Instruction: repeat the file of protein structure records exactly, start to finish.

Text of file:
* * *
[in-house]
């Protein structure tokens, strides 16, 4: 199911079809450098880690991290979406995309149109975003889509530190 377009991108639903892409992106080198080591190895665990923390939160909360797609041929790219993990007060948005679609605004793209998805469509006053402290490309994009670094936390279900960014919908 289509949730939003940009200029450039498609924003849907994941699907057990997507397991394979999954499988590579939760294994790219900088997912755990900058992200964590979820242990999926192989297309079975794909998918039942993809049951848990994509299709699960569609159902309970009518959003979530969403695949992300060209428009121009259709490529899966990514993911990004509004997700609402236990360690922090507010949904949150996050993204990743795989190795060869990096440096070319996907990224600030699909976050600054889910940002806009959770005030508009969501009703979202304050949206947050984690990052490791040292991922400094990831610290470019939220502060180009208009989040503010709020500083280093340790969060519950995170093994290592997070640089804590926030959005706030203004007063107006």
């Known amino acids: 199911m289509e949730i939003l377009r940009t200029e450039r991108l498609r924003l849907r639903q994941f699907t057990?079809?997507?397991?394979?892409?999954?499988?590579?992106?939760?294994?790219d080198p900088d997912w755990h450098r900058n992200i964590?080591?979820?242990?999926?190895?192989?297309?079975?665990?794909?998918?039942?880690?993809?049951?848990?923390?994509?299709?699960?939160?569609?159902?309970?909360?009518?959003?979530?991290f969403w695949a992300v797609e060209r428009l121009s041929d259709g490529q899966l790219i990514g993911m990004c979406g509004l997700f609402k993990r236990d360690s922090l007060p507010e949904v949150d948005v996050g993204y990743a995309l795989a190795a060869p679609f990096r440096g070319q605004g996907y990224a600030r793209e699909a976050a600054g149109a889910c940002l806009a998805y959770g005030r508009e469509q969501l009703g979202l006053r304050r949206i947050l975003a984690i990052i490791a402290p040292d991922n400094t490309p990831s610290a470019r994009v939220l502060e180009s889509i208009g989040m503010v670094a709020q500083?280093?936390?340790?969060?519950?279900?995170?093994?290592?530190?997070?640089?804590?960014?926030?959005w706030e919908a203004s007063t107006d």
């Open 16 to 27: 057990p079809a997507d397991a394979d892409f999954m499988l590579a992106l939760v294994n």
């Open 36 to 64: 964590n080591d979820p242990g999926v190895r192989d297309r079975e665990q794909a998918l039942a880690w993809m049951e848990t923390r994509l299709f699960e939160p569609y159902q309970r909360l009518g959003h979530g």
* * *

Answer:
[in-house]
């Protein structure tokens, strides 16, 4: 199911079809450098880690991290979406995309149109975003889509530190 377009991108639903892409992106080198080591190895665990923390939160909360797609041929790219993990007060948005679609605004793209998805469509006053402290490309994009670094936390279900960014919908 289509949730939003940009200029450039498609924003849907994941699907057990997507397991394979999954499988590579939760294994790219900088997912755990900058992200964590979820242990999926192989297309079975794909998918039942993809049951848990994509299709699960569609159902309970009518959003979530969403695949992300060209428009121009259709490529899966990514993911990004509004997700609402236990360690922090507010949904949150996050993204990743795989190795060869990096440096070319996907990224600030699909976050600054889910940002806009959770005030508009969501009703979202304050949206947050984690990052490791040292991922400094990831610290470019939220502060180009208009989040503010709020500083280093340790969060519950995170093994290592997070640089804590926030959005706030203004007063107006």
């Known amino acids: 199911m289509e949730i939003l377009r940009t200029e450039r991108l498609r924003l849907r639903q994941f699907t057990?079809?997507?397991?394979?892409?999954?499988?590579?992106?939760?294994?790219d080198p900088d997912w755990h450098r900058n992200i964590?080591?979820?242990?999926?190895?192989?297309?079975?665990?794909?998918?039942?880690?993809?049951?848990?923390?994509?299709?699960?939160?569609?159902?309970?909360?009518?959003?979530?991290f969403w695949a992300v797609e060209r428009l121009s041929d259709g490529q899966l790219i990514g993911m990004c979406g509004l997700f609402k993990r236990d360690s922090l007060p507010e949904v949150d948005v996050g993204y990743a995309l795989a190795a060869p679609f990096r440096g070319q605004g996907y990224a600030r793209e699909a976050a600054g149109a889910c940002l806009a998805y959770g005030r508009e469509q969501l009703g979202l006053r304050r949206i947050l975003a984690i990052i490791a402290p040292d991922n400094t490309p990831s610290a470019r994009v939220l502060e180009s889509i208009g989040m503010v670094a709020q500083?280093?936390?340790?969060?519950?279900?995170?093994?290592?530190?997070?640089?804590?960014?926030?959005w706030e919908a203004s007063t107006d």
């Open 16 to 27: 057990p079809a997507d397991a394979d892409f999954m499988l590579a992106l939760v294994n």
């Open 36 to 64: 964590n080591d979820p242990g999926v190895r192989d297309r079975e665990q794909a998918l039942a880690w993809m049951e848990t923390r994509l299709f699960e939160p569609y159902q309970r909360l009518g959003h979530g």